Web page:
Cordials and Liqueurs to Fill Your Glass with Something Sweet

Liqueurs and Cordials

Both cordials and liqueurs are known for their sweetness, however, only liqueurs have alcohol by definition. Cordials are sometimes alcohol-free and may enjoyed alone or used as a mixer. Photo by Quinn.Anya (flickr)

Like many drinks containing alcohol, cordials and liqueurs were initially considered medicine. The spirits conveyed herbal concoctions muddled by humble, yet highly educated monks for a range of healing purposes. Although recipes for proto-liqueurs have been discovered on walls in Egyptian tombs and written on ancient Greek manuscripts, the liqueurs and cordials currently most popular in Europe and North America more closely resemble the elixirs distilled and steeped in Italian and French monasteries during the Middle Ages and throughout the Renaissance.

Once distinctly different drinks, today, the separation between a cordial and a liqueur is little more than semantic and the terms are bandied interchangeably. Still, there are subtle differences and understanding the history will help you bring out the best in each beverage. 

Cordials: A Sweet Drink to Heal the Spirit

Cordials perhaps best wear their medicinal heart on their sleeve: heart, in Latin, is cordialis. Cordial waters were intended to stimulate healing, revitalize the will and heart, soothe body and soul, and aid digestion. Skip forward a few centuries, and we find cordials touted as aphrodisiacs, and that many Continental and English homemakers made their own cordials, per published recipes, although they were also sold in apothecary bottles by the chemist. During the eighteenth century, drinking cordials became increasingly secularized and recreational. Much as today, they were enjoyed as intoxicants as well as for their interesting flavors.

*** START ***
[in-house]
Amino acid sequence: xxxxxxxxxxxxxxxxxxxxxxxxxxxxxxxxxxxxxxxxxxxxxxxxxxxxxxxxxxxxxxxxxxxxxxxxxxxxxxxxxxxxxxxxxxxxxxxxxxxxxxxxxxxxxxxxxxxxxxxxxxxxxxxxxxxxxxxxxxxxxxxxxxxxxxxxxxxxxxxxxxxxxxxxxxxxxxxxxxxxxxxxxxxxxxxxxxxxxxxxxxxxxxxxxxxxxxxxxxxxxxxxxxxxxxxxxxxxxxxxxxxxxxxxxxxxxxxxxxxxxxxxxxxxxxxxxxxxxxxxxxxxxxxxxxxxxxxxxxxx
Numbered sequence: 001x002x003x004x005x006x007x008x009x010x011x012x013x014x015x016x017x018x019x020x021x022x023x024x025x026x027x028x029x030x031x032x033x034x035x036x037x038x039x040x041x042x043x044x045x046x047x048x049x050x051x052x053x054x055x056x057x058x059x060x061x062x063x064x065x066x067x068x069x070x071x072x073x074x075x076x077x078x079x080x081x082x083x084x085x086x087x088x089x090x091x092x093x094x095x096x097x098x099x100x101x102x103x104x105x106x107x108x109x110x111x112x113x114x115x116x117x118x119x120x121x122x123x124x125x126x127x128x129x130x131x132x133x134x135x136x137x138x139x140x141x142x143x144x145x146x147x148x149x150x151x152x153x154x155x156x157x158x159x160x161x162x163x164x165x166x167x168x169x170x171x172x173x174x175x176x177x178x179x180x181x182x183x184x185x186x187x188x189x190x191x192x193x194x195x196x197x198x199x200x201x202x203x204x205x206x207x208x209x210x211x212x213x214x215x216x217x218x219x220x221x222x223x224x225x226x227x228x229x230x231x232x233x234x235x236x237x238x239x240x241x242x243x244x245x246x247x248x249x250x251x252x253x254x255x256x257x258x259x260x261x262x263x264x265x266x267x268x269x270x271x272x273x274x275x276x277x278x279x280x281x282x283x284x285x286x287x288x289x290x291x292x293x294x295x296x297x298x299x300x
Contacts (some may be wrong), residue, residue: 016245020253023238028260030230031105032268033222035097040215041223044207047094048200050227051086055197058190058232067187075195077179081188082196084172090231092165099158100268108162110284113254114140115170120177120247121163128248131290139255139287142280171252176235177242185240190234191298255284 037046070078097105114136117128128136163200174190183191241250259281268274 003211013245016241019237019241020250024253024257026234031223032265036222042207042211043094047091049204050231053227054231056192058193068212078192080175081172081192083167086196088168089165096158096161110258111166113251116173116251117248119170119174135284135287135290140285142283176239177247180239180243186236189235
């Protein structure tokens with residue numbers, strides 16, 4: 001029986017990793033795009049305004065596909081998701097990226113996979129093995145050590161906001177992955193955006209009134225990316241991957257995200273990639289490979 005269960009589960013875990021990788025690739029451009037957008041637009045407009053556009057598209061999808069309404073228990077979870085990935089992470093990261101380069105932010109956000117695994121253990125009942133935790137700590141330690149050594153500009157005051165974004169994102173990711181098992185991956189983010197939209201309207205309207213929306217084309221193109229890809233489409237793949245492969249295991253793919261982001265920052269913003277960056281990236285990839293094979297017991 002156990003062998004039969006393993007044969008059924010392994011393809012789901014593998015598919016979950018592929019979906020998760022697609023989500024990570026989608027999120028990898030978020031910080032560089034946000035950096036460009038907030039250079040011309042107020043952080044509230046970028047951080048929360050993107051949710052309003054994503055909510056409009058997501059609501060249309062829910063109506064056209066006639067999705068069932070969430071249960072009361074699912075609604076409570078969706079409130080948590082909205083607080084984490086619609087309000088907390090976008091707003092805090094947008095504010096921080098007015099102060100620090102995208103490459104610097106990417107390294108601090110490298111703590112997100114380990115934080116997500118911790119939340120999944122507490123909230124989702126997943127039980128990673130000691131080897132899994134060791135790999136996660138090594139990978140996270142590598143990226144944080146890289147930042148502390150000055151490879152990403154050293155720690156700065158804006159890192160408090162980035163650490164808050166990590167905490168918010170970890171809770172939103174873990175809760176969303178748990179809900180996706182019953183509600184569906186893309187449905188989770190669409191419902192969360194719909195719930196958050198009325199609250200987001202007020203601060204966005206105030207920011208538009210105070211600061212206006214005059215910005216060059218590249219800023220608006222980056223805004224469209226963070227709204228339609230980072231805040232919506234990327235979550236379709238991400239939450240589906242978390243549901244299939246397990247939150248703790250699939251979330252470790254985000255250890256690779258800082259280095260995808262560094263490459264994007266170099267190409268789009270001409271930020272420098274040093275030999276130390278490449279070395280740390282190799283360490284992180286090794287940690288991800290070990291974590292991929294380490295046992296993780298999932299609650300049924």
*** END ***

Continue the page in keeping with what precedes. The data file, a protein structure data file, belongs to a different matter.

As cordials became less medicinal and more apt to be enjoyed as a tasty beverage with benefits, they began to assume the characteristics we now associate with liqueurs. At the risk of over generalization, historical cordials were flavored by herbs and spices and sometimes contained matter held holy by alchemists, such as gold. Over time, the elixirs gradually became sweeter and much more akin to today’s liqueurs.

Liqueurs: Drinks with a Sweeter Distillation

Cordials and liqueurs developed along roughly parallel timelines and both drinks are sweet. If you are British, however, your cordial may be a thick, sweet drink that contains no alcohol, but is often used as a mixer, such as Rose’s Cordial Mixer Grenadine. With liqueurs, alcohol is a prerequisite.

Liqueurs contain an amazing variety of flavoring agents, but the beverage is by definition sweet. Cane sugar, honey, molasses, table sugar, sweet herbs and seeds, fruit—think of something naturally sweet, and you can probably find it in one liqueur or another. All liqueurs are at least 2.5% sugar by weight and many are rather higher. Most liqueurs are between 15 and 30% alcohol, but some bump as high as 50%.

Making a liqueur involves infusion, re-distillation, percolation or a combination of these processes. Various barks, flowers, nuts, pits, coffee, vanilla, root, chocolate, fruit—even candy or meat—are commonly infused into alcohol to add flavor and, of course, the mix is sweetened. Certain classes of liqueur feature eggs, milk or cream, too.

Make Your Own Liqueurs at Home

You can make your own simple liqueur by soaking cherries, apricots, blueberries, or raspberries—most any berry is suitable—in a sealed container of vodka, gin, grain alcohol, rum, brandy, whiskey, tequila—choose your favorite liquor—for a month. Then, follow a few more easy steps to filter, sweeten and age. Presto! You have liqueur. To smooth out the texture, add glycerin, as do the commercial producers.

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